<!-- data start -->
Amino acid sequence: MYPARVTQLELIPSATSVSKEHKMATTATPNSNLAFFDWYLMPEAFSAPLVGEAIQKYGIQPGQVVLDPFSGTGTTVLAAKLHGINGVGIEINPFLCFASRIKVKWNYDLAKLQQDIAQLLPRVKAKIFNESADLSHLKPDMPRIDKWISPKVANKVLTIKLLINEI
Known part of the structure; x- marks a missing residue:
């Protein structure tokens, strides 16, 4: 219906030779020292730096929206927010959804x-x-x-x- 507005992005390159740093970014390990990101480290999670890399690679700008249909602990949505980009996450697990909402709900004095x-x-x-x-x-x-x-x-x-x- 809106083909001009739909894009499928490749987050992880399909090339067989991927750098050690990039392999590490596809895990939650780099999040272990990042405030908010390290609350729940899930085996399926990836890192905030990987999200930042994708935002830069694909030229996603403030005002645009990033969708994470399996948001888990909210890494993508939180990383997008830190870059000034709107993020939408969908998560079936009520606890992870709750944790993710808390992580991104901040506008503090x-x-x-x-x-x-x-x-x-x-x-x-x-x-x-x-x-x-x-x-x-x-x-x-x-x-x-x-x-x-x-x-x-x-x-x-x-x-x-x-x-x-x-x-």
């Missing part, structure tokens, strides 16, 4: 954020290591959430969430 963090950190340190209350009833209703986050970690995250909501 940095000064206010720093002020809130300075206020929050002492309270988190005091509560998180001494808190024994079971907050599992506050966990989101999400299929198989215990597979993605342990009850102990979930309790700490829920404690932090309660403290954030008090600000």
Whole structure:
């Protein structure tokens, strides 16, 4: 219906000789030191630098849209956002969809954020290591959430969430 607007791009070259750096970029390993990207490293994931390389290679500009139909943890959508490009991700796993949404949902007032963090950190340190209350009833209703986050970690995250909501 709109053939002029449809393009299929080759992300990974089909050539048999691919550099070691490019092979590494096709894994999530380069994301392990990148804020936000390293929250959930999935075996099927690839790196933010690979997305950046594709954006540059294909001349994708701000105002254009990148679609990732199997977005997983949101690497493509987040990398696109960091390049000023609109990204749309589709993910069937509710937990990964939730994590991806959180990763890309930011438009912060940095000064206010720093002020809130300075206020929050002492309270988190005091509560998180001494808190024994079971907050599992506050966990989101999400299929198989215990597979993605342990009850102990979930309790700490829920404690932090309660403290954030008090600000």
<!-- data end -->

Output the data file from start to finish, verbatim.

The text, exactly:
Amino acid sequence: MYPARVTQLELIPSATSVSKEHKMATTATPNSNLAFFDWYLMPEAFSAPLVGEAIQKYGIQPGQVVLDPFSGTGTTVLAAKLHGINGVGIEINPFLCFASRIKVKWNYDLAKLQQDIAQLLPRVKAKIFNESADLSHLKPDMPRIDKWISPKVANKVLTIKLLINEI
Known part of the structure; x- marks a missing residue:
């Protein structure tokens, strides 16, 4: 219906030779020292730096929206927010959804x-x-x-x- 507005992005390159740093970014390990990101480290999670890399690679700008249909602990949505980009996450697990909402709900004095x-x-x-x-x-x-x-x-x-x- 809106083909001009739909894009499928490749987050992880399909090339067989991927750098050690990039392999590490596809895990939650780099999040272990990042405030908010390290609350729940899930085996399926990836890192905030990987999200930042994708935002830069694909030229996603403030005002645009990033969708994470399996948001888990909210890494993508939180990383997008830190870059000034709107993020939408969908998560079936009520606890992870709750944790993710808390992580991104901040506008503090x-x-x-x-x-x-x-x-x-x-x-x-x-x-x-x-x-x-x-x-x-x-x-x-x-x-x-x-x-x-x-x-x-x-x-x-x-x-x-x-x-x-x-x-």
């Missing part, structure tokens, strides 16, 4: 954020290591959430969430 963090950190340190209350009833209703986050970690995250909501 940095000064206010720093002020809130300075206020929050002492309270988190005091509560998180001494808190024994079971907050599992506050966990989101999400299929198989215990597979993605342990009850102990979930309790700490829920404690932090309660403290954030008090600000």
Whole structure:
């Protein structure tokens, strides 16, 4: 219906000789030191630098849209956002969809954020290591959430969430 607007791009070259750096970029390993990207490293994931390389290679500009139909943890959508490009991700796993949404949902007032963090950190340190209350009833209703986050970690995250909501 709109053939002029449809393009299929080759992300990974089909050539048999691919550099070691490019092979590494096709894994999530380069994301392990990148804020936000390293929250959930999935075996099927690839790196933010690979997305950046594709954006540059294909001349994708701000105002254009990148679609990732199997977005997983949101690497493509987040990398696109960091390049000023609109990204749309589709993910069937509710937990990964939730994590991806959180990763890309930011438009912060940095000064206010720093002020809130300075206020929050002492309270988190005091509560998180001494808190024994079971907050599992506050966990989101999400299929198989215990597979993605342990009850102990979930309790700490829920404690932090309660403290954030008090600000």